In the Garden:
Lower South
December, 2010
Regional Report

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Air layering this dracaena will make it fit the room better and create more new plants too.

Reclaiming Overgrown Houseplants

I get the "new houseplant fever" sometime every winter, perhaps due to the limited opportunities for outdoor growing and the fact that they arrive en masse in local garden centers and big box stores. These economical "starter size" plants look rather small when placed in a large room, but with some good light and reasonable care they reach a perfect size soon enough.

However, they keep growing and before long I have a ficus rubbing the ceiling or a dracaena looking like a professional basketball player looming over the living room! My houseplants often spend a good part of their spring to fall season outdoors in shaded areas where they get a lot more light than indoors and can thrive better.

When winter comes they make the move indoors-- okay I move them indoors. That's when I notice that my ceilings seem much lower that last winter. The tall plants will soon end up getting rather spindly since their foliage towers above most of the light from the windows.

I could toss them, or better yet, find them a new home with a giant atrium well lit by numerous skylights. But there is another option, which is making them smaller. Ficus trees can be pruned back considerably and will regrow to a nice attractive form even after a significant cutting back.

If you plan on doing this to your ficus keep in mind that their white sap is sticky and will stain carpet, clothing and other fabrics, so either move them outside for the trimming, or place a plastic sheet below them and leave it in place until you are sure the wounds are not going to drip any more sap.

Another thing to keep in mind is that simply chopping a large ficus back creates quite an ugly victim of your shears. Try to remove branches back to where they join another branch. In the case of a major size reduction this may not leave a lot of foliage, but with some leaves on the branches, the plant will recover in time and be back in top form again. Such pruning is better done in spring prior to the move outdoors so recovery can be faster.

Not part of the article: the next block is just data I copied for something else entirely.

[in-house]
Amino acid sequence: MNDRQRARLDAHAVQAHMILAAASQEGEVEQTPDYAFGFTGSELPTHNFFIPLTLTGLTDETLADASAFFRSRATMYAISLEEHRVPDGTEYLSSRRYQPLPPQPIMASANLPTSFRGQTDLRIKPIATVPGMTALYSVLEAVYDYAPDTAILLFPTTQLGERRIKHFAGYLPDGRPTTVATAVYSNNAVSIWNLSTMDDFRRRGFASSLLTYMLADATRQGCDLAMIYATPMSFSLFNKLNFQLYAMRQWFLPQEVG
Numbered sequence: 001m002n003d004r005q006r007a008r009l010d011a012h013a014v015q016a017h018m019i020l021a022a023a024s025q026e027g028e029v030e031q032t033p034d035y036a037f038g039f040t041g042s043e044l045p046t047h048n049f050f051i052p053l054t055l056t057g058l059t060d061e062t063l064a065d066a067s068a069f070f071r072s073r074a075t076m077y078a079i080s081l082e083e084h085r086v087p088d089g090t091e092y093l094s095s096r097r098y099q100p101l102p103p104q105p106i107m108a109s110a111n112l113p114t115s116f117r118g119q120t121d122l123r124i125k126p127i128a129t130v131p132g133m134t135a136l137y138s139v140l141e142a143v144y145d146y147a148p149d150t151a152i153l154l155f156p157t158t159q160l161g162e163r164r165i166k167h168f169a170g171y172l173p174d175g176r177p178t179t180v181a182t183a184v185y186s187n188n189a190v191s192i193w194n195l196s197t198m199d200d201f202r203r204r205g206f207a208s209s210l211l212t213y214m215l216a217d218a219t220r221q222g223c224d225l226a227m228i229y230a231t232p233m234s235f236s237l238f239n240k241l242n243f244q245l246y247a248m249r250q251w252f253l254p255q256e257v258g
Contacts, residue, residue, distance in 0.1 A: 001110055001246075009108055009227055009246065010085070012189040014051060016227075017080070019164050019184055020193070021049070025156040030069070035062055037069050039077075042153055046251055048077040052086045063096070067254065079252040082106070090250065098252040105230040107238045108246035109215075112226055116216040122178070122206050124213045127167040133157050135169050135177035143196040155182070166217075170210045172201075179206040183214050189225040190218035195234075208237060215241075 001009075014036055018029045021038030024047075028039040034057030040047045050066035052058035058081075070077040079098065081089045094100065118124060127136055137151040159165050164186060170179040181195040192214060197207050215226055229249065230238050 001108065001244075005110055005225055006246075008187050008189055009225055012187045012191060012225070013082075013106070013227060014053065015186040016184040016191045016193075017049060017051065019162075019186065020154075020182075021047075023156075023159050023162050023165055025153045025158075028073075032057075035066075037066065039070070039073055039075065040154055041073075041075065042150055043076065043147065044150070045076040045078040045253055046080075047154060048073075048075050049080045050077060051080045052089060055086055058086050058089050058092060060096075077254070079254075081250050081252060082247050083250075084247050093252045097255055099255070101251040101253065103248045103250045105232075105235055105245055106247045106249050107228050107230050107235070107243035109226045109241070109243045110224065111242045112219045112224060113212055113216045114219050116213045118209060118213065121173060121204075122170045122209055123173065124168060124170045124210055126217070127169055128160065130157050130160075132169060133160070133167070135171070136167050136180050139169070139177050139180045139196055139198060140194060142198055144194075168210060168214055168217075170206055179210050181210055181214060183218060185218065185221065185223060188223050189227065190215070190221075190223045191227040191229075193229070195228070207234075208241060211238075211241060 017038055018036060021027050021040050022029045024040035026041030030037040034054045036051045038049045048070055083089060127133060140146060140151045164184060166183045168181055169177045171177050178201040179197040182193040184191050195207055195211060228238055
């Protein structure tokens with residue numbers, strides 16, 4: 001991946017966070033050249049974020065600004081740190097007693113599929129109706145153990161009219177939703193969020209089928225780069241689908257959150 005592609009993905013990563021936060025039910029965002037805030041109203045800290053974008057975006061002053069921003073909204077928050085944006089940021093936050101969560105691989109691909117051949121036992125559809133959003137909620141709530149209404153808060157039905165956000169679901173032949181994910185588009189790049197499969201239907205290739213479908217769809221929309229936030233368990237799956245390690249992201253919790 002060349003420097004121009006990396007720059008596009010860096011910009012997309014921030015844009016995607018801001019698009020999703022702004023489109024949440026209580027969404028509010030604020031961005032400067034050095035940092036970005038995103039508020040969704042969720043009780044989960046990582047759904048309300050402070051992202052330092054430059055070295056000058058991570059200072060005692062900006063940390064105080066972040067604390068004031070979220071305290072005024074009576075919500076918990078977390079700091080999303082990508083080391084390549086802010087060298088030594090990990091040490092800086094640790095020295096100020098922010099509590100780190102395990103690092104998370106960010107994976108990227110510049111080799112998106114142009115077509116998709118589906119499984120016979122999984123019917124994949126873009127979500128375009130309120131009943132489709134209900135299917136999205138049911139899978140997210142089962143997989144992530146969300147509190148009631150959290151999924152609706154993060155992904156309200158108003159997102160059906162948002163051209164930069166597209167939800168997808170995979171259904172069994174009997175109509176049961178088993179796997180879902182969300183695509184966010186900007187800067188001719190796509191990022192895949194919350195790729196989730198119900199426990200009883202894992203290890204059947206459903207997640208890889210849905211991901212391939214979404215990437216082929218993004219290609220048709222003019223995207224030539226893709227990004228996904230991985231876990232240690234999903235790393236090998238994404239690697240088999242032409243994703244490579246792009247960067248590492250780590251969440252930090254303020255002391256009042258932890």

Another option is to "air layer" the plant to create a smaller one, or in fact several smaller ones. Air layering is the process of wounding the stem of a plant and then wrapping the wound area with a fist-sized mass of moist sphagnum moss or potting soil, which is covered with plastic to hold it all together. Sphagnum moss is much easier to work with than potting soil but either will do. Applying rooting hormone to the wound prior to covering it will increase the speed and amount of root formation.

This works great because the area above the air layer is still receiving moisture and nutrients during the rooting process. Even "brown thumbs" find encouraging success with most of their attempts at air layering! There are many online resources to provide more detail on how to air layer a plant..

This year we had a dracaena that had become a lanky creature fit for a Dr. Seuse movie! We have done several air layers on some of the tall stems. When roots form we'll cut the tops off below the rooted area and repot them to start new plants.

Dracaenas are pretty good about sprouting one or two new shoots from the area near the end of the cut stem. We cut each stem back to a different height so that as the new shoots form at different levels the result will be a fuller, more attractive plant in months to come.

For more information check out the following video clip I posted online showing how to air layer a rubber tree using potting soil: http://www.youtube.com/watch?v=eozrB950FFc


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